When Lawyers Don't Get All the Profits: Non-Lawyer Ownership of Legal Services, Access, and Professionalism
Article by Nick Robinson, Fellow, Harvard Law School, Program on the Legal Profession
Abstract With multiple countries now allowing for non-lawyer ownership of legal services, and other jurisdictions considering a similar shift, the legal profession is in the midst of a global regulatory moment. Where non-lawyer ownership has been allowed, personal injury firms have listed on stock exchanges, major insurance companies have bought law firms, and brands best known for their grocery stores have started offering legal services.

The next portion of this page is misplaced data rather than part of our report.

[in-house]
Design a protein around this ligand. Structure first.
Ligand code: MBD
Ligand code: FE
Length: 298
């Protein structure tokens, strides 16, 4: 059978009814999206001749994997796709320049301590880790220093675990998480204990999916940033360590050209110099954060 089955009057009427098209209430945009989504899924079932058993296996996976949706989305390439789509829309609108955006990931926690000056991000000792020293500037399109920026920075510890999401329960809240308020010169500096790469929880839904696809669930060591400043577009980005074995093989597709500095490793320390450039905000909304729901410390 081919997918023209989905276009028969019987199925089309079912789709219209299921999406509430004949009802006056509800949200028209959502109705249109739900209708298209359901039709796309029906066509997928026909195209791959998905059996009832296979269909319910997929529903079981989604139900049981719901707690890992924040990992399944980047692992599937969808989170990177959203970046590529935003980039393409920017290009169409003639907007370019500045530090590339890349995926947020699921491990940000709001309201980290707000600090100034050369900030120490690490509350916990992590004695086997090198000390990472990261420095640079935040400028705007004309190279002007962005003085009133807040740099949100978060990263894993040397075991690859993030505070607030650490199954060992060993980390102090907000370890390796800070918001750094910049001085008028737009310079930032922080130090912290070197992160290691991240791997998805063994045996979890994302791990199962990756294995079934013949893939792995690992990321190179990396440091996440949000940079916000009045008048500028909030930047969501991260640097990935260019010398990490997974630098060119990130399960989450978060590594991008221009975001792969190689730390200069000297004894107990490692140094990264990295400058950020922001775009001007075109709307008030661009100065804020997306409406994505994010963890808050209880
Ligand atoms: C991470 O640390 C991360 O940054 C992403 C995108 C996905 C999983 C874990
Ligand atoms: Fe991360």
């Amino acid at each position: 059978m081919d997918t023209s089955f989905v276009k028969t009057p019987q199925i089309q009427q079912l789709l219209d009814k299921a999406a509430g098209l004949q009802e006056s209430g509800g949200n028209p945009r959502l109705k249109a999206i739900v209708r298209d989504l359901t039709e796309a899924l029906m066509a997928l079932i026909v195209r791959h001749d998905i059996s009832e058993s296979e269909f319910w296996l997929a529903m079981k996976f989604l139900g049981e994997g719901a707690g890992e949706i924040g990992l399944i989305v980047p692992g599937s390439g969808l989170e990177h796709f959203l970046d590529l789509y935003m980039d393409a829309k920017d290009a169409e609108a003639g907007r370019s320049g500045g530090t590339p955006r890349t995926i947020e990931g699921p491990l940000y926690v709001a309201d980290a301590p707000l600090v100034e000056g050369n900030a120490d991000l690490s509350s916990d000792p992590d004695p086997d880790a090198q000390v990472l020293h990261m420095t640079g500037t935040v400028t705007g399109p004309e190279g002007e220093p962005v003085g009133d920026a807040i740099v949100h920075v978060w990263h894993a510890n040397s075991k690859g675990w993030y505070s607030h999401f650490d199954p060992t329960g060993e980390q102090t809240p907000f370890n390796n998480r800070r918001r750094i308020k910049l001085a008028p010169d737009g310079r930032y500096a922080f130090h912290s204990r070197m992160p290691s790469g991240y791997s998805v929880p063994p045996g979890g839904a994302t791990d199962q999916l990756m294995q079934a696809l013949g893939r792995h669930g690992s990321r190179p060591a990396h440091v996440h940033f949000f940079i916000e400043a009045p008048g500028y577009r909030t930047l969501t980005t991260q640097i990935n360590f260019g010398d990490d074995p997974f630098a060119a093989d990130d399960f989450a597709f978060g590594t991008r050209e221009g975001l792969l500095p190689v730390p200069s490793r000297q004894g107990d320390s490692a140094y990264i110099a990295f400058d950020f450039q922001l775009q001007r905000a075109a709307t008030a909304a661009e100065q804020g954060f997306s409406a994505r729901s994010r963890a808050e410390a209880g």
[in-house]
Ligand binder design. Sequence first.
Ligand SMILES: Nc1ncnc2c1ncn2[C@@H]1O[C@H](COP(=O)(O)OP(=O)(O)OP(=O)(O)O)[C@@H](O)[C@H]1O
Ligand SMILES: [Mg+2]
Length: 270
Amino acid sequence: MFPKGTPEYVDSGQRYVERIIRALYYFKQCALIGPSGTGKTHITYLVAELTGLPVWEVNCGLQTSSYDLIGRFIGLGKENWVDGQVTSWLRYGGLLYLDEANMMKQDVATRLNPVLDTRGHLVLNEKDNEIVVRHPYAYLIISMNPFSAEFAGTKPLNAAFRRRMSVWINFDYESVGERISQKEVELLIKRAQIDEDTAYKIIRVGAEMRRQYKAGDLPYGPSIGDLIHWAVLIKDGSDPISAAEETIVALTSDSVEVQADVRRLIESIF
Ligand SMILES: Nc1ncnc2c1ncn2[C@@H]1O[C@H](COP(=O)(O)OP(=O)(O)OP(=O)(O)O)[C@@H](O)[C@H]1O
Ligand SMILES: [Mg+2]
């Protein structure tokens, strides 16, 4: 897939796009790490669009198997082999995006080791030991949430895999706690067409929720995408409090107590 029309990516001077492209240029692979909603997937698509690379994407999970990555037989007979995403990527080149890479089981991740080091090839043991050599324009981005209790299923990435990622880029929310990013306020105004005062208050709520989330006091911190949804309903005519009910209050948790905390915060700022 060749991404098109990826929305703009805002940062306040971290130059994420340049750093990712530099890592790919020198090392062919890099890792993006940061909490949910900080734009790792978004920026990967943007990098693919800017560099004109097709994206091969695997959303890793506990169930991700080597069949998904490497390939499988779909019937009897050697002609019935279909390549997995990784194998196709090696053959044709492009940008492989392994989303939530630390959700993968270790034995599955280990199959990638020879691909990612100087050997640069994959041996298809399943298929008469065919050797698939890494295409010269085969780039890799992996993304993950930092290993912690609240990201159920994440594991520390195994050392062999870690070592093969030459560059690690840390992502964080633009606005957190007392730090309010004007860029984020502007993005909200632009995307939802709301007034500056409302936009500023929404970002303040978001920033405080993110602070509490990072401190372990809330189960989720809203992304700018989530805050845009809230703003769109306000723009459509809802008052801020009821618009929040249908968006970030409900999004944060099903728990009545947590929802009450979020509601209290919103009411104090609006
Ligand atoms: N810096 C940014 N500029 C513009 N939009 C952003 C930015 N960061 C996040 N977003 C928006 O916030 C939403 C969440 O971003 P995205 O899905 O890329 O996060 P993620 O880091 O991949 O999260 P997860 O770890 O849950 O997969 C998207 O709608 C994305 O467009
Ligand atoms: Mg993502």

While there has been much debate over the merits of non-lawyer ownership, with some claiming it will increase access to justice and others that it will undermine lawyers’ professionalism, most of this debate has been theoretical, making claims with little or no empirical support. This paper uses qualitative case studies and other empirical research to explore non-lawyer ownership in civil legal services for poor and moderate-income populations in England and Australia, which now allow for non-lawyer ownership, and in the U.S., where parallels to such ownership have developed in online and administrative law legal services. It finds that the access to justice benefits of non-lawyer ownership, and perhaps deregulation more generally, have likely been oversold with respect to legal services for poor and moderate-income populations. It also argues that non-lawyer ownership raises a unique set of professionalism concerns that have been under-appreciated in the literature. Given its foothold in key jurisdictions, non-lawyer ownership will likely continue to spread, including in the United States, but these conclusions point towards the need to carefully regulate reforms like non-lawyer ownership and to better equip regulators to predict how the economics and normative commitments of the profession will interact with the wider market.